Occupational slips, trips and falls amongst workers in the meat sector in Gauteng Province of South Africa

Maud Maseko, Lindiwe Innocentia Zungu, Sanyi Gabe

Abstract


Slips, Trips and Falls (STFs) injuries are the second most common cause of lost workday injuries in most industries with workers in the meat sector being at high risk of exposure to STFs owing to poor housekeeping practices.  Research has, however, shown that variables such as age, gender and the type of occupation are common risk factors for STFs. It is within this background that the aim of this study was to determine the incident of occupational STFs among the meat sector workers located in the Gauteng Province of South Africa.  The data collection process involved the environmental inspection of the study sites, record reviews of accident registers and interviews of employees at the study sites. Data were analysed using the Statistical Package for the Social Sciences (SPSS) version 21, while the Pearson’s Chi-square test was used to determine the strength of relationship between age, gender, number of years spent on the job and the type of occupation as well as the frequency of STF injuries.  The study found out that a majority (73.2%) of males were significantly affected by STFs unlike their female counterparts; with the age of victims ranging from 21 to 62 years and the mean age at 35.87; while STFs were most common among general workers, meat packers and slaughter men; and the most affected body parts being the body, arms and hand/fingers. A prevalence of 25.6% of STFs was found among workers at the study sites. Several factors appear to have contributed to this including poor upkeep of the work environment, design issues and the apparent lack of appropriate safety practices such as signage.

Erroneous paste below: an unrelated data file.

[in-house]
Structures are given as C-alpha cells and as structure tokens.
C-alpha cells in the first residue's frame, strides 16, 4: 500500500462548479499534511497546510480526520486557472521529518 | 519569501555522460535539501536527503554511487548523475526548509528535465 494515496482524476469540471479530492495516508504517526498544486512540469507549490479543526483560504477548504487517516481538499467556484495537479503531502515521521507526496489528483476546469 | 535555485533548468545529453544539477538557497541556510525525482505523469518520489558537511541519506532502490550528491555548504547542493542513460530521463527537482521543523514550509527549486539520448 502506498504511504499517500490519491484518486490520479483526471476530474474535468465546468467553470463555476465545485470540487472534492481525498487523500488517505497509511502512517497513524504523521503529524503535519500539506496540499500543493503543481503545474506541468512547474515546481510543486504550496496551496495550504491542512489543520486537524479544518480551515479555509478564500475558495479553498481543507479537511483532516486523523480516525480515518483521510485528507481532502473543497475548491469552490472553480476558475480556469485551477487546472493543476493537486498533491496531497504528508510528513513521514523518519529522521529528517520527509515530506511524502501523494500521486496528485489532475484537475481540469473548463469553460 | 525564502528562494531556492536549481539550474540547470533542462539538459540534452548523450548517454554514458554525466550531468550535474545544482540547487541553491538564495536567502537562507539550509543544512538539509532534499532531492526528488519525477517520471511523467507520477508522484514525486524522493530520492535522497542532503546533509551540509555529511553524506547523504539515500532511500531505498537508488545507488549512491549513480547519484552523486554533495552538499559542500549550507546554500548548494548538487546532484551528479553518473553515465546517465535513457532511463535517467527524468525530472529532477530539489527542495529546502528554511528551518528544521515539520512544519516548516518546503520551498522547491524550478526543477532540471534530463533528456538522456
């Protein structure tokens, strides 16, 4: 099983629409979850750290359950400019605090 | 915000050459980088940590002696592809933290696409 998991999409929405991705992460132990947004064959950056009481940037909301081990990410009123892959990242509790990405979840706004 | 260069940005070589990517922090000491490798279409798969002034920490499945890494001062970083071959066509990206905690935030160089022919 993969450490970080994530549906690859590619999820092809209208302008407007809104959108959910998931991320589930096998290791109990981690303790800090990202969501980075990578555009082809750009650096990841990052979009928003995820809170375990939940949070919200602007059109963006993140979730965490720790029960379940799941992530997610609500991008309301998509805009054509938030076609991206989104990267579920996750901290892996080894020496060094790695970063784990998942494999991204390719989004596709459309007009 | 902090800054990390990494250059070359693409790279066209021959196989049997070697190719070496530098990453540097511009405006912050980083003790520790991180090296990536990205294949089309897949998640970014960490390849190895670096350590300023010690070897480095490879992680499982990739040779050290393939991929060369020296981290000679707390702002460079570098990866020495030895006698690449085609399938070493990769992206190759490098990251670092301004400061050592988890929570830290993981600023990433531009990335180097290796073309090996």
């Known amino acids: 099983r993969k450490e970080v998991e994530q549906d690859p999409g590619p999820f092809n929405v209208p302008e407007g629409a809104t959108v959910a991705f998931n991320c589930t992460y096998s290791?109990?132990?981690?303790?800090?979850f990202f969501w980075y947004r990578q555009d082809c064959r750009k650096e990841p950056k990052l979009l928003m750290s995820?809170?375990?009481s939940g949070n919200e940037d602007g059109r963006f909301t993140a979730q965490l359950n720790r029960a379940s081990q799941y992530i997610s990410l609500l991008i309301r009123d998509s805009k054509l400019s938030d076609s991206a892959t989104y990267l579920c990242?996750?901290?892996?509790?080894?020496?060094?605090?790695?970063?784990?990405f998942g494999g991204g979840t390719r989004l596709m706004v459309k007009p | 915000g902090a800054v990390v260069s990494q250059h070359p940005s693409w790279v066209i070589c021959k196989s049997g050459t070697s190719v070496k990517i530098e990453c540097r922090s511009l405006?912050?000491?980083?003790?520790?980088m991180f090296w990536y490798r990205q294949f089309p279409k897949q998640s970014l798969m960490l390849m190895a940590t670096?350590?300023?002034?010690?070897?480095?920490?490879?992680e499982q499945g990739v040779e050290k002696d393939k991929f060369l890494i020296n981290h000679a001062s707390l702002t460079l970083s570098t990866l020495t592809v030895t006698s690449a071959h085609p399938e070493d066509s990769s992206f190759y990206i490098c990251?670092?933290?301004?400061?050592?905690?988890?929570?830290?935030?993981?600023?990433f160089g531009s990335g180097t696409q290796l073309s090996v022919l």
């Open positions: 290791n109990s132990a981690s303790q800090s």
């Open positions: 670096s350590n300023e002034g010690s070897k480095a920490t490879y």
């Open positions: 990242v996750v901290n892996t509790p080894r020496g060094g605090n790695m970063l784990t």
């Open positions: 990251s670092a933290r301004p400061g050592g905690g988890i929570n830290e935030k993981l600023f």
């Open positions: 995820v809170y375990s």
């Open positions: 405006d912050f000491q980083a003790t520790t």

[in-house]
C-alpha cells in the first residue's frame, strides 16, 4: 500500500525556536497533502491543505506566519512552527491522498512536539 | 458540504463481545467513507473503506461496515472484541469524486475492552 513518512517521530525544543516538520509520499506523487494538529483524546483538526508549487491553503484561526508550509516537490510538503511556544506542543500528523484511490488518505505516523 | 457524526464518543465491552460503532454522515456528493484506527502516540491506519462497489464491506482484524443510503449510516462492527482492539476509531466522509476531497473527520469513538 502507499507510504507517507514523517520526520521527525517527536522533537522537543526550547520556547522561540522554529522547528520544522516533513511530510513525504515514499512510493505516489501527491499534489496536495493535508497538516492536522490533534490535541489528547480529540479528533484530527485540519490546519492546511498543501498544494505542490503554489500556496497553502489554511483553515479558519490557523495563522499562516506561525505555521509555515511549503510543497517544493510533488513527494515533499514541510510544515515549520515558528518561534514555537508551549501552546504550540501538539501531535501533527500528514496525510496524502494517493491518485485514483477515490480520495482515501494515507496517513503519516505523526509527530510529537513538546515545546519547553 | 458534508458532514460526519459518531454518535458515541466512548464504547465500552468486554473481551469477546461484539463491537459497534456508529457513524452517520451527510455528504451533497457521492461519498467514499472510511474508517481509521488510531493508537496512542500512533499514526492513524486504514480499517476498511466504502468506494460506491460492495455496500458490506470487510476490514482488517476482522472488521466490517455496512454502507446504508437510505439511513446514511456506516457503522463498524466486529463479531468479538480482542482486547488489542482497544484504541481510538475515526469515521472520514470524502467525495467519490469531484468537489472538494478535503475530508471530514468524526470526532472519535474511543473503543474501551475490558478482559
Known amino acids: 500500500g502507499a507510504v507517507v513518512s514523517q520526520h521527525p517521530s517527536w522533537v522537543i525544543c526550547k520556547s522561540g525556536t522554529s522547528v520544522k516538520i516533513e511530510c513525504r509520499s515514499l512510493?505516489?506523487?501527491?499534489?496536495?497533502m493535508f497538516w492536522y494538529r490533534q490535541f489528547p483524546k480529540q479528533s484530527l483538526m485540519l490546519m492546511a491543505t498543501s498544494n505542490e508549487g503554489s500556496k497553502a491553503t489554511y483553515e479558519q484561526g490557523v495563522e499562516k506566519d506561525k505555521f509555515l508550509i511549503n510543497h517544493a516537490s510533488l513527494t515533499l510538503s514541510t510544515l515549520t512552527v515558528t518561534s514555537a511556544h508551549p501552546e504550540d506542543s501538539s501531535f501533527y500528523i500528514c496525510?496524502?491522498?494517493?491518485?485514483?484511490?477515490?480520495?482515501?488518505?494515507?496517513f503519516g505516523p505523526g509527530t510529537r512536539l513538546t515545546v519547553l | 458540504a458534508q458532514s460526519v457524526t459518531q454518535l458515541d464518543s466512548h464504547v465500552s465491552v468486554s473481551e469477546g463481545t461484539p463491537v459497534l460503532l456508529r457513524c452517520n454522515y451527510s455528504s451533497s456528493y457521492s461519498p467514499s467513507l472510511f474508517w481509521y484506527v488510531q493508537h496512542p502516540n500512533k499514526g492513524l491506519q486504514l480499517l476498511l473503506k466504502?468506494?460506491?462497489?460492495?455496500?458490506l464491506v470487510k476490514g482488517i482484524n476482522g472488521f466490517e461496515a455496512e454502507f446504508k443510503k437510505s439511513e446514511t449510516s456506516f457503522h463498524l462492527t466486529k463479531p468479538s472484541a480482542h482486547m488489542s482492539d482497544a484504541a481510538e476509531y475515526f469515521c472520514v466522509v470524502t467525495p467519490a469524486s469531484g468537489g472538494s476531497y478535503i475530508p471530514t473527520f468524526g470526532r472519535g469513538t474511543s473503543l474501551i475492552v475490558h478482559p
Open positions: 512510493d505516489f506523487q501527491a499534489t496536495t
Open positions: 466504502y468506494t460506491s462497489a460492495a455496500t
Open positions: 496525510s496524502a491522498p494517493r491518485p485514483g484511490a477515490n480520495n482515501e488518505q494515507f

Keywords


Occupational health, slips, trips and falls injuries, meat industry, employees, South Africa.

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